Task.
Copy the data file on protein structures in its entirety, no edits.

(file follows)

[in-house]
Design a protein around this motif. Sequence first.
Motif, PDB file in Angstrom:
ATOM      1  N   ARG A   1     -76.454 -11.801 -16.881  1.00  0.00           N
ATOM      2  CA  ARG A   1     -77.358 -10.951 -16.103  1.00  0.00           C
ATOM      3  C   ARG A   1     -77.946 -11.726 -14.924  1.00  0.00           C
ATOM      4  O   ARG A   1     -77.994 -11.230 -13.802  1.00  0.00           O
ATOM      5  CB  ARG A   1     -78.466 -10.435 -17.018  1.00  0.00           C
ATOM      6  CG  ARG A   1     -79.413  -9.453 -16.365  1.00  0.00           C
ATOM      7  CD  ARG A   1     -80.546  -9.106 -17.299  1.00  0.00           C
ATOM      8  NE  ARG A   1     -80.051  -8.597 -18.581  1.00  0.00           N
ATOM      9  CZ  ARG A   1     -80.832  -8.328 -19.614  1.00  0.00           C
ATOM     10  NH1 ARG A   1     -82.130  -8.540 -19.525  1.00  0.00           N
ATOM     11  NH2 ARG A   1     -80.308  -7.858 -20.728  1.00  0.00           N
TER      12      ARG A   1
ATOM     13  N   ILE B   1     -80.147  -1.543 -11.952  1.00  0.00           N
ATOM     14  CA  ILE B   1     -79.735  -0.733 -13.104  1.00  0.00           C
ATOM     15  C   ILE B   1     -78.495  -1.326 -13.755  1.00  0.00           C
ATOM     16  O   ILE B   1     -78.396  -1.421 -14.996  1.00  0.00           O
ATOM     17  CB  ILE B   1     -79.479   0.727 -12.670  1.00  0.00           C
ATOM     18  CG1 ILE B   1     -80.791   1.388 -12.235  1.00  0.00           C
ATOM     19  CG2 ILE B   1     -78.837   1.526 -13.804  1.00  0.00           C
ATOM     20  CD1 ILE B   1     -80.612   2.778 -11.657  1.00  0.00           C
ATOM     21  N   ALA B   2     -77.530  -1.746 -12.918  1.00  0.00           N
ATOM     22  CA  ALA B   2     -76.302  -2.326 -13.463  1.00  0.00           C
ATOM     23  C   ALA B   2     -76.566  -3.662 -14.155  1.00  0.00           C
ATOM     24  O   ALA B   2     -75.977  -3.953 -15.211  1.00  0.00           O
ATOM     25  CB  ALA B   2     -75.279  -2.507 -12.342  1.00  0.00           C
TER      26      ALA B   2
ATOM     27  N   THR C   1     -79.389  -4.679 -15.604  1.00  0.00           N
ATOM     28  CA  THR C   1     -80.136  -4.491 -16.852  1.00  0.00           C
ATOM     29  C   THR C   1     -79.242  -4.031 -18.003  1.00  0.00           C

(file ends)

[in-house]
Design a protein around this motif. Sequence first.
Motif, PDB file in Angstrom:
ATOM      1  N   ARG A   1     -76.454 -11.801 -16.881  1.00  0.00           N
ATOM      2  CA  ARG A   1     -77.358 -10.951 -16.103  1.00  0.00           C
ATOM      3  C   ARG A   1     -77.946 -11.726 -14.924  1.00  0.00           C
ATOM      4  O   ARG A   1     -77.994 -11.230 -13.802  1.00  0.00           O
ATOM      5  CB  ARG A   1     -78.466 -10.435 -17.018  1.00  0.00           C
ATOM      6  CG  ARG A   1     -79.413  -9.453 -16.365  1.00  0.00           C
ATOM      7  CD  ARG A   1     -80.546  -9.106 -17.299  1.00  0.00           C
ATOM      8  NE  ARG A   1     -80.051  -8.597 -18.581  1.00  0.00           N
ATOM      9  CZ  ARG A   1     -80.832  -8.328 -19.614  1.00  0.00           C
ATOM     10  NH1 ARG A   1     -82.130  -8.540 -19.525  1.00  0.00           N
ATOM     11  NH2 ARG A   1     -80.308  -7.858 -20.728  1.00  0.00           N
TER      12      ARG A   1
ATOM     13  N   ILE B   1     -80.147  -1.543 -11.952  1.00  0.00           N
ATOM     14  CA  ILE B   1     -79.735  -0.733 -13.104  1.00  0.00           C
ATOM     15  C   ILE B   1     -78.495  -1.326 -13.755  1.00  0.00           C
ATOM     16  O   ILE B   1     -78.396  -1.421 -14.996  1.00  0.00           O
ATOM     17  CB  ILE B   1     -79.479   0.727 -12.670  1.00  0.00           C
ATOM     18  CG1 ILE B   1     -80.791   1.388 -12.235  1.00  0.00           C
ATOM     19  CG2 ILE B   1     -78.837   1.526 -13.804  1.00  0.00           C
ATOM     20  CD1 ILE B   1     -80.612   2.778 -11.657  1.00  0.00           C
ATOM     21  N   ALA B   2     -77.530  -1.746 -12.918  1.00  0.00           N
ATOM     22  CA  ALA B   2     -76.302  -2.326 -13.463  1.00  0.00           C
ATOM     23  C   ALA B   2     -76.566  -3.662 -14.155  1.00  0.00           C
ATOM     24  O   ALA B   2     -75.977  -3.953 -15.211  1.00  0.00           O
ATOM     25  CB  ALA B   2     -75.279  -2.507 -12.342  1.00  0.00           C
TER      26      ALA B   2
ATOM     27  N   THR C   1     -79.389  -4.679 -15.604  1.00  0.00           N
ATOM     28  CA  THR C   1     -80.136  -4.491 -16.852  1.00  0.00           C
ATOM     29  C   THR C   1     -79.242  -4.031 -18.003  1.00  0.00           C